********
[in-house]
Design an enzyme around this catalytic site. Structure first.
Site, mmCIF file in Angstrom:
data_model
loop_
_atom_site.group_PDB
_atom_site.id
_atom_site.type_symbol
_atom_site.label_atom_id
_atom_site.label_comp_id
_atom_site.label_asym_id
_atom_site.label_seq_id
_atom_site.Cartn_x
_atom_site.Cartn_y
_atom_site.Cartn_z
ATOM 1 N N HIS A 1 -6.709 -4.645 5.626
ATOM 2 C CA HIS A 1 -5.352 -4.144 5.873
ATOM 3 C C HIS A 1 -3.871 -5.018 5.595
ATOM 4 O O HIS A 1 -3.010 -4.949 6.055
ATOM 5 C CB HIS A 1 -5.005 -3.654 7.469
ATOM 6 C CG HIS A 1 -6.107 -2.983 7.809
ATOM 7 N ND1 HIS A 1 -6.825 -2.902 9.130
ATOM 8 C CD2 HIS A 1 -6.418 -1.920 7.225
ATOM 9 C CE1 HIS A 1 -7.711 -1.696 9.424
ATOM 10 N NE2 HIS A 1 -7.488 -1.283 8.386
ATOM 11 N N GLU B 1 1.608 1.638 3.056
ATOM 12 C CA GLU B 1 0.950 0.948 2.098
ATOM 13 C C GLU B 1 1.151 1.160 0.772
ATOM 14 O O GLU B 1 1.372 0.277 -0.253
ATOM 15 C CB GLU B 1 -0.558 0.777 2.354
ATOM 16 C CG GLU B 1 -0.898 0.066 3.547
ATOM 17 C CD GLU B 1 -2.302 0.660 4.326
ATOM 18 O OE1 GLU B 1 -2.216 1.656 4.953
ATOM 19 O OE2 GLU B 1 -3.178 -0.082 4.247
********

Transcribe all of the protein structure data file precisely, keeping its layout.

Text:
[in-house]
Design an enzyme around this catalytic site. Structure first.
Site, mmCIF file in Angstrom:
data_model
loop_
_atom_site.group_PDB
_atom_site.id
_atom_site.type_symbol
_atom_site.label_atom_id
_atom_site.label_comp_id
_atom_site.label_asym_id
_atom_site.label_seq_id
_atom_site.Cartn_x
_atom_site.Cartn_y
_atom_site.Cartn_z
ATOM 1 N N HIS A 1 -6.709 -4.645 5.626
ATOM 2 C CA HIS A 1 -5.352 -4.144 5.873
ATOM 3 C C HIS A 1 -3.871 -5.018 5.595
ATOM 4 O O HIS A 1 -3.010 -4.949 6.055
ATOM 5 C CB HIS A 1 -5.005 -3.654 7.469
ATOM 6 C CG HIS A 1 -6.107 -2.983 7.809
ATOM 7 N ND1 HIS A 1 -6.825 -2.902 9.130
ATOM 8 C CD2 HIS A 1 -6.418 -1.920 7.225
ATOM 9 C CE1 HIS A 1 -7.711 -1.696 9.424
ATOM 10 N NE2 HIS A 1 -7.488 -1.283 8.386
ATOM 11 N N GLU B 1 1.608 1.638 3.056
ATOM 12 C CA GLU B 1 0.950 0.948 2.098
ATOM 13 C C GLU B 1 1.151 1.160 0.772
ATOM 14 O O GLU B 1 1.372 0.277 -0.253
ATOM 15 C CB GLU B 1 -0.558 0.777 2.354
ATOM 16 C CG GLU B 1 -0.898 0.066 3.547
ATOM 17 C CD GLU B 1 -2.302 0.660 4.326
ATOM 18 O OE1 GLU B 1 -2.216 1.656 4.953
ATOM 19 O OE2 GLU B 1 -3.178 -0.082 4.247